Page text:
Aboriginal Ceremonial Places
These places may or may not have any observable characteristics. Some places may be marked with a rocky outcrop, a tree, river/creek bed, mountain/hill, art or engraved site, bora ring or some aspect that can be readily seen by those looking for them. These places can be related to non-Aboriginal icons including churches, mosques, temples, cemeteries/burial places, etc.
Other places may not be noticeable on the landscape. These could include special places for men/women including birthing sites, initiation places, story telling and mythological and dreamtime places. It is unlikely that the local community will tell “outsiders” where these places are located, as they hold deep spiritual significance.
Some places are designated as specific Men’s or Women’s places. If you know that these are gender-specific, try to stick to these by only men visiting a man’s site or women to a woman’s site. Boys should not go to these men’s places. Observe the protocols – they are in place for a reason.
Generally, each area has an art site that can be visited by members of the public. In the Uralla area, the Mt Yarrowyck art site can be viewed after a short walk (about 2 kilometres) and contains animal tracks, circles, dots and lines. There are picnic tables and toilets in the parking area for use by visitors.
What not to do at art sites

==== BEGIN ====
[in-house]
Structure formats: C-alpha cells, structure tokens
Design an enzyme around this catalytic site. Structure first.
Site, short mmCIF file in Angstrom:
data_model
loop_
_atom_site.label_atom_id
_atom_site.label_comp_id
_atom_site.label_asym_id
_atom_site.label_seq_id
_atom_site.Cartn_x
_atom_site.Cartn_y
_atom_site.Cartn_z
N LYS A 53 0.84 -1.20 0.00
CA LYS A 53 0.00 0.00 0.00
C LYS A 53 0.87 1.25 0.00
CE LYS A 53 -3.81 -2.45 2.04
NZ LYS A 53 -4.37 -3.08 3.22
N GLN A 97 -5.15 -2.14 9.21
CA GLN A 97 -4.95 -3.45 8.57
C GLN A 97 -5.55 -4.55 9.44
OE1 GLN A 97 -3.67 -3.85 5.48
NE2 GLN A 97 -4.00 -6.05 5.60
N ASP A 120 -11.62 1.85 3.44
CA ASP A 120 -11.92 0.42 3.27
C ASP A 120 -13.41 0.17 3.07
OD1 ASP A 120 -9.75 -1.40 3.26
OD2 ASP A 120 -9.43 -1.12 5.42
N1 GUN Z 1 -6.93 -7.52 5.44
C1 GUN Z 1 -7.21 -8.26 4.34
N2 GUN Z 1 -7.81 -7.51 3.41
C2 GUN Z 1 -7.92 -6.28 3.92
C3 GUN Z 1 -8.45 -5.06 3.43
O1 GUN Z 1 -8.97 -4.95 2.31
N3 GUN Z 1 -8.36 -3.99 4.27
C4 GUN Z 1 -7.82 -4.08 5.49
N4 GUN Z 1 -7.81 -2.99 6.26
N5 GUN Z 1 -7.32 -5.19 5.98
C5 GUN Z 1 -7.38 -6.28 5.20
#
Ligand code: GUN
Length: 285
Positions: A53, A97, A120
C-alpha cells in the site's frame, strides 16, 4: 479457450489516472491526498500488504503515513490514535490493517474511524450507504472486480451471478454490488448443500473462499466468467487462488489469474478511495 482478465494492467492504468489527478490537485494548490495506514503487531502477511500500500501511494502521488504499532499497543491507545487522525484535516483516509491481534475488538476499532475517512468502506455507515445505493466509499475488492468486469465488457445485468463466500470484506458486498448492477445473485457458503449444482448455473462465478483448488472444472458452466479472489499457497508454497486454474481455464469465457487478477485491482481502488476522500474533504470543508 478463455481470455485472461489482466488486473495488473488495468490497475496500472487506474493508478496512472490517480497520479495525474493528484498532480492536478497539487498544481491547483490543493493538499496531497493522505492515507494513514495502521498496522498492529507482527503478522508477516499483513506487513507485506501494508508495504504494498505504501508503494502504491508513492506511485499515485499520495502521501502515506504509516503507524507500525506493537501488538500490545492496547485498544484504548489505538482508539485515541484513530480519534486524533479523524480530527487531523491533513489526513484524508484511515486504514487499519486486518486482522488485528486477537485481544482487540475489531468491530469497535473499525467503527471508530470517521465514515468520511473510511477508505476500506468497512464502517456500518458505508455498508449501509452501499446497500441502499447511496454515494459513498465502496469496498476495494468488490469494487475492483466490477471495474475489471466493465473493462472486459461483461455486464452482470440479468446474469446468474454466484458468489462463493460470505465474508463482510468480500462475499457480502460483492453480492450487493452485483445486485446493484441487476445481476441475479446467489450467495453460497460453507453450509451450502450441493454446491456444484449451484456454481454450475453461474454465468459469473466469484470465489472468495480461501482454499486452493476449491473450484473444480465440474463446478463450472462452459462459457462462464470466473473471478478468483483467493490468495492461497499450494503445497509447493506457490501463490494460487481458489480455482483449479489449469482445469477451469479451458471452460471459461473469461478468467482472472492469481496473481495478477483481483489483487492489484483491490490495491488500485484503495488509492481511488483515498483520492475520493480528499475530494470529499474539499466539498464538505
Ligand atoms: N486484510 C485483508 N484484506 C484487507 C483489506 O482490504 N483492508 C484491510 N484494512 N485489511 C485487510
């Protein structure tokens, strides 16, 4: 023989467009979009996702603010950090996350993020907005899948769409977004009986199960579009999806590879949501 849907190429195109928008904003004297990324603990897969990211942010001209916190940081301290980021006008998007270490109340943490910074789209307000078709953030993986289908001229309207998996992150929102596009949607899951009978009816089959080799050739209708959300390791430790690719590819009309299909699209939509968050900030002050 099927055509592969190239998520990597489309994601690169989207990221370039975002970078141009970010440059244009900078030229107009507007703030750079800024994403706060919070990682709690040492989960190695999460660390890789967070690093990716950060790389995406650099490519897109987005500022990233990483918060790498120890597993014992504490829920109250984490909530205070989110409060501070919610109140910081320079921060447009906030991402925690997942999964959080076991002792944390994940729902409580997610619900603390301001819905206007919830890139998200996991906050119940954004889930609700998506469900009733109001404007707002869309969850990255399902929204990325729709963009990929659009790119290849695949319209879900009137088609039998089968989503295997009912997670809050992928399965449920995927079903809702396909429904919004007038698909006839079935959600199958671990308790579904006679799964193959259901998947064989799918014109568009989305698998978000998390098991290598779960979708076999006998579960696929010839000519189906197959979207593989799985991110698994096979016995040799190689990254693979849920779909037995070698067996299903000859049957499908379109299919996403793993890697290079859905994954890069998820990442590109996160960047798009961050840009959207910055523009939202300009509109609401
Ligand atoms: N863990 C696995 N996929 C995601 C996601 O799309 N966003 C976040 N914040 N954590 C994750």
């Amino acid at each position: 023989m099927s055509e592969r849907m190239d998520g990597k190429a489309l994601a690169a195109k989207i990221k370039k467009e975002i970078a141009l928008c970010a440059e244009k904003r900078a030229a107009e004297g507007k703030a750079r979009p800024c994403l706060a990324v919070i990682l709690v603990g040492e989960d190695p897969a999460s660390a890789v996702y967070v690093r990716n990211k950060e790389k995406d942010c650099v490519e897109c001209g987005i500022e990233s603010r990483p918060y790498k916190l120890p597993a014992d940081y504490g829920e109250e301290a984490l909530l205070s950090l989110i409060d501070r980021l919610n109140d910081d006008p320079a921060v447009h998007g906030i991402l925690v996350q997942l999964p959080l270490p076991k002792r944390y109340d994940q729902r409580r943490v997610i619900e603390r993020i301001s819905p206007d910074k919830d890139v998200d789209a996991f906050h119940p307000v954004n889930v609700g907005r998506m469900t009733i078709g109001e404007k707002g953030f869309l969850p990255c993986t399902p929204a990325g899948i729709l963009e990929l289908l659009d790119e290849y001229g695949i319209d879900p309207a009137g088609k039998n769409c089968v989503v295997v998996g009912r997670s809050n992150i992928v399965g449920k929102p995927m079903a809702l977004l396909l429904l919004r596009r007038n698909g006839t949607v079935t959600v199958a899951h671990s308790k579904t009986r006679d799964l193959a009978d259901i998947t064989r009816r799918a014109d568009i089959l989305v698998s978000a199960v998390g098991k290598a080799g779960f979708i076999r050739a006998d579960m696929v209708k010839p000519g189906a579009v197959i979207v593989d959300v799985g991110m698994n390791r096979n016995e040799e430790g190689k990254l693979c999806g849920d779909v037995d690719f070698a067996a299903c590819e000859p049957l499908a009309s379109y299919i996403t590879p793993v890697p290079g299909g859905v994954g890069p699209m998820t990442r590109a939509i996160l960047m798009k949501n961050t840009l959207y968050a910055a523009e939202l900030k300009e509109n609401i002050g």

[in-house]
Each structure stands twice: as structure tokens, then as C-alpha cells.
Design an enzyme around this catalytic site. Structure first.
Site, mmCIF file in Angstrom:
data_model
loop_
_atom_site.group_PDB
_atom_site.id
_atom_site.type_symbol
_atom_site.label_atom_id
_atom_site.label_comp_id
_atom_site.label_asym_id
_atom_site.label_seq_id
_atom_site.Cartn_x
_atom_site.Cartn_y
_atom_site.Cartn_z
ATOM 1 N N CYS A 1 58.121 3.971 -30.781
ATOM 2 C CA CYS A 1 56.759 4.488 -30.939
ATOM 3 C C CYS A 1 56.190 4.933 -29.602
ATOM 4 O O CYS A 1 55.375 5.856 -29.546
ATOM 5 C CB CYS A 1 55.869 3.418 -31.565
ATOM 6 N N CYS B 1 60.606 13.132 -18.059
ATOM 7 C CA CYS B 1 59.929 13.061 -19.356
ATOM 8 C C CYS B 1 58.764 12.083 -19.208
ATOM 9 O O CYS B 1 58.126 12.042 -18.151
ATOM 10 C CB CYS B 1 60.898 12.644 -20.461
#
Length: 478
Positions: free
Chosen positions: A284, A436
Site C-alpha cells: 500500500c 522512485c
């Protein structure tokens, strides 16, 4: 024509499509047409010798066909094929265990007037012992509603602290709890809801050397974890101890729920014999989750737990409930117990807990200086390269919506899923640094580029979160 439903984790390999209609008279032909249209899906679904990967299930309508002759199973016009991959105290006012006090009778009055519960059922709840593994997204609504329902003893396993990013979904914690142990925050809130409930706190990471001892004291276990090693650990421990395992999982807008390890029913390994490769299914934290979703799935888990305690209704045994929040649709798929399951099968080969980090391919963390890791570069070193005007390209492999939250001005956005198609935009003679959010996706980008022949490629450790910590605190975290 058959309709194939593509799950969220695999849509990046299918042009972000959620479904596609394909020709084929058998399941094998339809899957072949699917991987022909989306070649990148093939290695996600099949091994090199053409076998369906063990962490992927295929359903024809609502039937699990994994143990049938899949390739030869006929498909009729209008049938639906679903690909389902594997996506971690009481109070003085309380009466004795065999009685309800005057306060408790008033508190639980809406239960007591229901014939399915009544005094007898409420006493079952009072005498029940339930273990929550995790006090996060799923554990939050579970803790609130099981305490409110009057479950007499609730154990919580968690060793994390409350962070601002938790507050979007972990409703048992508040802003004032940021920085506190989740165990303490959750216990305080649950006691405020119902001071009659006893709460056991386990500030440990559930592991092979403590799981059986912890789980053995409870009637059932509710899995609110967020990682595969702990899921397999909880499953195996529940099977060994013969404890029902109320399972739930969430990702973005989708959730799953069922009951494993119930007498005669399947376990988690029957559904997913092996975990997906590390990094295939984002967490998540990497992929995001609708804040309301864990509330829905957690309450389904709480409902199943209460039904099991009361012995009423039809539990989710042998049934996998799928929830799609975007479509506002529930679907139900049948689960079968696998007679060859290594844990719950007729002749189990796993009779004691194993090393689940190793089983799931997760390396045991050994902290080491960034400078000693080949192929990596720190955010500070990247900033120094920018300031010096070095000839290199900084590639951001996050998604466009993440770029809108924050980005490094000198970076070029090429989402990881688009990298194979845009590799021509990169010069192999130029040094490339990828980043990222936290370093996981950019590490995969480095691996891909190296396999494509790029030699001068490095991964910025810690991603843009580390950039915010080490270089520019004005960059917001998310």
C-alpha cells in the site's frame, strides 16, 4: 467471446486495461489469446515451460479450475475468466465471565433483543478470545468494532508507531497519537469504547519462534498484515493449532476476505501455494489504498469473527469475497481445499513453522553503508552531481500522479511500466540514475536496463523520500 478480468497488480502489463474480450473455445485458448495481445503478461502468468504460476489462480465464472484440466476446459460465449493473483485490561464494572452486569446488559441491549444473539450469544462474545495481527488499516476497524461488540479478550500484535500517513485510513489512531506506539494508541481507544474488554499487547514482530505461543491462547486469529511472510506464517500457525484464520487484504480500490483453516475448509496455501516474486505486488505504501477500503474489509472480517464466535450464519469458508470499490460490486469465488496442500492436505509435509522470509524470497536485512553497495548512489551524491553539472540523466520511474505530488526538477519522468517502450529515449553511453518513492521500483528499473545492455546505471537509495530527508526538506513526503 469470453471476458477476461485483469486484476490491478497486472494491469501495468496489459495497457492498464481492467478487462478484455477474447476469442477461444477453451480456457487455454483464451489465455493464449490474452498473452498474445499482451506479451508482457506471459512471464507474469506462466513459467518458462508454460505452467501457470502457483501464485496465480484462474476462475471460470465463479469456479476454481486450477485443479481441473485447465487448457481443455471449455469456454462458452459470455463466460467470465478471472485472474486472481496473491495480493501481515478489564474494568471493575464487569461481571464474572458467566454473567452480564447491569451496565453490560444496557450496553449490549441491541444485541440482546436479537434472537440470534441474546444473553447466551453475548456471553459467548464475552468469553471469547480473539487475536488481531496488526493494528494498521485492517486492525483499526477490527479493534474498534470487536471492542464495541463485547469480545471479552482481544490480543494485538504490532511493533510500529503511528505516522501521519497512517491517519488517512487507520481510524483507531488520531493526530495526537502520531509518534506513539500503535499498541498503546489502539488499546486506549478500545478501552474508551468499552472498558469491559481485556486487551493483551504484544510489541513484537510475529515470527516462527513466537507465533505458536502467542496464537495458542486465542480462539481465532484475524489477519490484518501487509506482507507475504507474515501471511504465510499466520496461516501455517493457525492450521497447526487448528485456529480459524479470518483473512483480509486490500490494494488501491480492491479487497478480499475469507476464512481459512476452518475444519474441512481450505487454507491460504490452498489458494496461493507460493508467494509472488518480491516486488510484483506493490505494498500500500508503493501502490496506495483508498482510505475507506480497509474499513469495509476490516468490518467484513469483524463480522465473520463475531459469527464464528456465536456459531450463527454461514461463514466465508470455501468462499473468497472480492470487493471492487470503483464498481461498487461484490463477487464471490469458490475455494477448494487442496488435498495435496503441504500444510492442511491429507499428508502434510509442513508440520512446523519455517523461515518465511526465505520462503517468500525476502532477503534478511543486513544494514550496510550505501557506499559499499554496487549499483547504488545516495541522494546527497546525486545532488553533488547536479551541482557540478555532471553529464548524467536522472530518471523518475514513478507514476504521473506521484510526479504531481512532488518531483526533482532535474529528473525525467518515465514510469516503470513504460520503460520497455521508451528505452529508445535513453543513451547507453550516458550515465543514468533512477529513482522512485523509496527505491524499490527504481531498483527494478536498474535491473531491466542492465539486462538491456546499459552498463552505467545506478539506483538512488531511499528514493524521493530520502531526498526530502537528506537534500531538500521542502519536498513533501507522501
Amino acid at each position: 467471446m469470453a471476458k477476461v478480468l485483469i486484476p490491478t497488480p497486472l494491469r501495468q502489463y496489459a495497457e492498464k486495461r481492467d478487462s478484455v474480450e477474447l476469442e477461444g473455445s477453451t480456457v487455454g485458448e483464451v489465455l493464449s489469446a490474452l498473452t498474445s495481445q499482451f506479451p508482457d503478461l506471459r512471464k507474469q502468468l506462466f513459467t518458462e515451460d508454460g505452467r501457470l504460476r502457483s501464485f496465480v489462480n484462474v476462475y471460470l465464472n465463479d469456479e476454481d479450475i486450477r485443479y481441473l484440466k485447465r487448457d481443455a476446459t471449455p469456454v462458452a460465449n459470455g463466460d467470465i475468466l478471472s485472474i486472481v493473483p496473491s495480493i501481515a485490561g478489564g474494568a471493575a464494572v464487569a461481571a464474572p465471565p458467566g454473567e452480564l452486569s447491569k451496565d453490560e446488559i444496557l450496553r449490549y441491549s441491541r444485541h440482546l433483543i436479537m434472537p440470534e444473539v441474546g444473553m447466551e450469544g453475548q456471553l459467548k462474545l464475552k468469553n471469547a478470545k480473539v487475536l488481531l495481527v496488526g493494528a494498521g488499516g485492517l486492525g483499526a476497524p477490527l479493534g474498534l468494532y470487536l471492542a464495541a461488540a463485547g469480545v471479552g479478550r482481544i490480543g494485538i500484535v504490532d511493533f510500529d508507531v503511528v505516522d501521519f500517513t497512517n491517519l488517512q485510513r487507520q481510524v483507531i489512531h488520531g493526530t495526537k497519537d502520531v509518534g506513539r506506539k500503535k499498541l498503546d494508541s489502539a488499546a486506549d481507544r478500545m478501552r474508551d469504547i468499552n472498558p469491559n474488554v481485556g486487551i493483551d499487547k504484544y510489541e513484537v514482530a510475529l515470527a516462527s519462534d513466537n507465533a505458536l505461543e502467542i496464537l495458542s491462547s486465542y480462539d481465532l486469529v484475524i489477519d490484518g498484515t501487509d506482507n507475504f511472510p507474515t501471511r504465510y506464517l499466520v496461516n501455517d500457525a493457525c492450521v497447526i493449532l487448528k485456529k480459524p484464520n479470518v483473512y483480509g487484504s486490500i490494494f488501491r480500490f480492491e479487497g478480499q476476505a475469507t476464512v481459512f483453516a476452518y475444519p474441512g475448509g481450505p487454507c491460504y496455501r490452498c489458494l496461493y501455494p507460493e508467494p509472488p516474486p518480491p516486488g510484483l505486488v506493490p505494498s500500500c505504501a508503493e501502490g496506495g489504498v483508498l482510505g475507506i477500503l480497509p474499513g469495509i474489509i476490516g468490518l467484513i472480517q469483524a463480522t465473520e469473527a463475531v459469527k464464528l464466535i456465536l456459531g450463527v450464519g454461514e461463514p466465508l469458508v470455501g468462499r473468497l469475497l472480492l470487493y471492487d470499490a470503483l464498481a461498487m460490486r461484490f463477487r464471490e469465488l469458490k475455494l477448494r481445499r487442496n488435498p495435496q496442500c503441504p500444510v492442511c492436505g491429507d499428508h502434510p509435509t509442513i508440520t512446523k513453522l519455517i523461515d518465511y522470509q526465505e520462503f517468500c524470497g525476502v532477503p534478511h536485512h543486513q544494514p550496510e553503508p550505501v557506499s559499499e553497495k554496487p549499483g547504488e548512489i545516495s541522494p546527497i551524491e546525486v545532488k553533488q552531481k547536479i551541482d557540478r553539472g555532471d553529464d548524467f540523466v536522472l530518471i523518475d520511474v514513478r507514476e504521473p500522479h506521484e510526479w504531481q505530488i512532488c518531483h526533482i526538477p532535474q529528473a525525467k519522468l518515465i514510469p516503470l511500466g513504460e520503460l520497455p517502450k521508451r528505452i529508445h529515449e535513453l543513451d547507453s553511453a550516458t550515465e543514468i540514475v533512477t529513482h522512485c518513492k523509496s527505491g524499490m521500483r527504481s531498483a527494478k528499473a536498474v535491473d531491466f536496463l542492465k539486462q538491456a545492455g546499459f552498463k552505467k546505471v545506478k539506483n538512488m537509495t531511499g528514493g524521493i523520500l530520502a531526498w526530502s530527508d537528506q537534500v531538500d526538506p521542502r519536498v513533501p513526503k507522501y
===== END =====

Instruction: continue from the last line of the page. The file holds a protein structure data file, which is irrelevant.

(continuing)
- Do not cross over the low barricade to touch the artwork. Your hands and fingers contain oils that will damage the fragile nature of the ochre and will remove small traces of the design from the painted surface.
- Take any rubbish you may have away from the site. Do not leave fruit skins or peelings (this encourages native and feral animals to live around the artwork and if they rub against the designs, the ochre will be damaged). Do not leave paper, wrappers, plastic or other refuse at the site, as this may blow against the artwork and damage the surface.
- Sign the visitors’ book, do not sign your name on the rock face. Marker pens contain substances that can run down the walls and deface the art.
What you can do at art sites
- Take photographs
- Read brochures about the site available from the Uralla Visitor Information Centre or talk to local Aboriginal people.
- Enjoy the place, try to imagine how and why the art was designed and painted onto the surface.
- Beware of snakes – they too like these places!
Information courtesy of Sue Hudson, Archaeologist